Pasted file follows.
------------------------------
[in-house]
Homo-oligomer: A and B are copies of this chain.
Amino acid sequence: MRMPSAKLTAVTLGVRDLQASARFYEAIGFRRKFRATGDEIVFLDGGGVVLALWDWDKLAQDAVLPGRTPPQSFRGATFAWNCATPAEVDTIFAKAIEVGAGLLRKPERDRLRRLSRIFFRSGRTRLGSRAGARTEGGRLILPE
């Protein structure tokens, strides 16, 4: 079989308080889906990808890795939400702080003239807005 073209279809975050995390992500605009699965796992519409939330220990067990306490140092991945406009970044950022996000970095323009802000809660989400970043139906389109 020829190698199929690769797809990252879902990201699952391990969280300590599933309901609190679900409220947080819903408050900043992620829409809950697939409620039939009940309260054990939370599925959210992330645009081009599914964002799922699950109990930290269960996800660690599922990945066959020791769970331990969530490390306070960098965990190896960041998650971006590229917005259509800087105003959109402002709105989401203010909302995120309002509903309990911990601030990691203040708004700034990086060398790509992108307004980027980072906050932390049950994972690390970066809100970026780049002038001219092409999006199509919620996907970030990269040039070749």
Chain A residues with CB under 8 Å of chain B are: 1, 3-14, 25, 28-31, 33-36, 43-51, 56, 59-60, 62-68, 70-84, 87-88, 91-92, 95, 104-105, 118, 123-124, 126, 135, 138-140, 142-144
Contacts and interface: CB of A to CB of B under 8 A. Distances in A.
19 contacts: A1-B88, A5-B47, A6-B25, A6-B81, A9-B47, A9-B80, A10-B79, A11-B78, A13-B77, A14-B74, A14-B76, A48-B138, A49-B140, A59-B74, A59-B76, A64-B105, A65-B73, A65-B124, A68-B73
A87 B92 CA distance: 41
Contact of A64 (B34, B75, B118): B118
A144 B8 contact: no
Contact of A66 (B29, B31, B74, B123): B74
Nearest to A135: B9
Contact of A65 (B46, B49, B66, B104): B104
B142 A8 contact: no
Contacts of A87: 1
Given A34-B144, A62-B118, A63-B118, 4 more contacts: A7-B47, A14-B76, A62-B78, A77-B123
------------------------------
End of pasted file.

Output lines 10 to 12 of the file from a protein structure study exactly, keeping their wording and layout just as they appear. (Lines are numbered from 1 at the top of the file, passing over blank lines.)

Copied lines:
A144 B8 contact: no
Contact of A66 (B29, B31, B74, B123): B74
Nearest to A135: B9